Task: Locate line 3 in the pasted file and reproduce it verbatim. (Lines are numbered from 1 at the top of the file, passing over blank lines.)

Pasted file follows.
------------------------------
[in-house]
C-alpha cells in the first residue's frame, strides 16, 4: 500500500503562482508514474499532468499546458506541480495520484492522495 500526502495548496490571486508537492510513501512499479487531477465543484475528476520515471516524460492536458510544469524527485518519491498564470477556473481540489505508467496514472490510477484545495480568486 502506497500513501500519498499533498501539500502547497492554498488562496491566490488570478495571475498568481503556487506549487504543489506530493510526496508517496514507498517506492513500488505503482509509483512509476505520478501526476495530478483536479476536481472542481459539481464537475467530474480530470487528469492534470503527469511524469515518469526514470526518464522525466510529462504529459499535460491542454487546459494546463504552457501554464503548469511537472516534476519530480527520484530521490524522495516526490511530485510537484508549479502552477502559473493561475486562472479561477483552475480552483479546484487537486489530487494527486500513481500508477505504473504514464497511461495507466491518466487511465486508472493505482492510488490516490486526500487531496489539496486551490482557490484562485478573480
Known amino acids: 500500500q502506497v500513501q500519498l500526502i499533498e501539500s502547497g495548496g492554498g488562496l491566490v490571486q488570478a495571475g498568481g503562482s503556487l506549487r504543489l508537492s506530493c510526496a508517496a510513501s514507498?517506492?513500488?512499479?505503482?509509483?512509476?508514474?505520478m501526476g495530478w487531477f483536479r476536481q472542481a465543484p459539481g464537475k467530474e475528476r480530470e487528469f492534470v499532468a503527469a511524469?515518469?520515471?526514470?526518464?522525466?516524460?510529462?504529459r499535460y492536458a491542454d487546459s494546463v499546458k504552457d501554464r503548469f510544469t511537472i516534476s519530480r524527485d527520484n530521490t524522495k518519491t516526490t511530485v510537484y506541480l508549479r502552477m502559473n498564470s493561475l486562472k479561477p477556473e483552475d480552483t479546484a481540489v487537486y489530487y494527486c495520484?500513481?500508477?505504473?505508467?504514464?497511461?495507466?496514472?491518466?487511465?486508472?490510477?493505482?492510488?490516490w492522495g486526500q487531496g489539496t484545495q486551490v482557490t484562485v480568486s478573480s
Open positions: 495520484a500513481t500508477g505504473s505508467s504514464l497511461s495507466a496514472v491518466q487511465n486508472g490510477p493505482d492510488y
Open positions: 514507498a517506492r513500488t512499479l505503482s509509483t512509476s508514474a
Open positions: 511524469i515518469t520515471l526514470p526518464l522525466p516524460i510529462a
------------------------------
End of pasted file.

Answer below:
Known amino acids: 500500500q502506497v500513501q500519498l500526502i499533498e501539500s502547497g495548496g492554498g488562496l491566490v490571486q488570478a495571475g498568481g503562482s503556487l506549487r504543489l508537492s506530493c510526496a508517496a510513501s514507498?517506492?513500488?512499479?505503482?509509483?512509476?508514474?505520478m501526476g495530478w487531477f483536479r476536481q472542481a465543484p459539481g464537475k467530474e475528476r480530470e487528469f492534470v499532468a503527469a511524469?515518469?520515471?526514470?526518464?522525466?516524460?510529462?504529459r499535460y492536458a491542454d487546459s494546463v499546458k504552457d501554464r503548469f510544469t511537472i516534476s519530480r524527485d527520484n530521490t524522495k518519491t516526490t511530485v510537484y506541480l508549479r502552477m502559473n498564470s493561475l486562472k479561477p477556473e483552475d480552483t479546484a481540489v487537486y489530487y494527486c495520484?500513481?500508477?505504473?505508467?504514464?497511461?495507466?496514472?491518466?487511465?486508472?490510477?493505482?492510488?490516490w492522495g486526500q487531496g489539496t484545495q486551490v482557490t484562485v480568486s478573480s